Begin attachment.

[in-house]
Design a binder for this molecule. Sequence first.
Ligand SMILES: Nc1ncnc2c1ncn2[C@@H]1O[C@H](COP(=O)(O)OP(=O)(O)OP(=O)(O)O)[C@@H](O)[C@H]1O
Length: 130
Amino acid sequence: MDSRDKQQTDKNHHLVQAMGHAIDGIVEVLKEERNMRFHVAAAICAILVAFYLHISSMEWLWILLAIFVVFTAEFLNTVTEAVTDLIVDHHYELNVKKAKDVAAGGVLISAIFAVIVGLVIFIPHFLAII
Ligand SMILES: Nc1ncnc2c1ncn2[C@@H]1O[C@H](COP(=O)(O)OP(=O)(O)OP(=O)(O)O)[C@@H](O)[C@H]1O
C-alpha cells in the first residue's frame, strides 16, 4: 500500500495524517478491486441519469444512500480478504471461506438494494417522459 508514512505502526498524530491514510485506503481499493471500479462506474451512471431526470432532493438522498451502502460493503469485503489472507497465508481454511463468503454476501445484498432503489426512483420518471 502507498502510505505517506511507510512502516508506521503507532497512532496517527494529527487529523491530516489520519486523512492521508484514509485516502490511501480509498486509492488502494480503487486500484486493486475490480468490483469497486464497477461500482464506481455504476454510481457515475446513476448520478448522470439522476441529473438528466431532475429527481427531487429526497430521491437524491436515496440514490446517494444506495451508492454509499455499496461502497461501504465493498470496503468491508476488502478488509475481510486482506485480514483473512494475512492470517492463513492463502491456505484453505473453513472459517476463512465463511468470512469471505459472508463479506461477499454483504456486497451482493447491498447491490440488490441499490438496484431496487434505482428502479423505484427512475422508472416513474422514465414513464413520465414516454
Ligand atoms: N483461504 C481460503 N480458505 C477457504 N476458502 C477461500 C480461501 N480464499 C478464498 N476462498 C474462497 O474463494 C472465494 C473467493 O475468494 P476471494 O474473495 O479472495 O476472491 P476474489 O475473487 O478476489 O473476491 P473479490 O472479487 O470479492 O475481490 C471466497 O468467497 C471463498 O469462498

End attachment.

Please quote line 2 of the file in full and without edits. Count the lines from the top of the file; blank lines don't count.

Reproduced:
Design a binder for this molecule. Sequence first.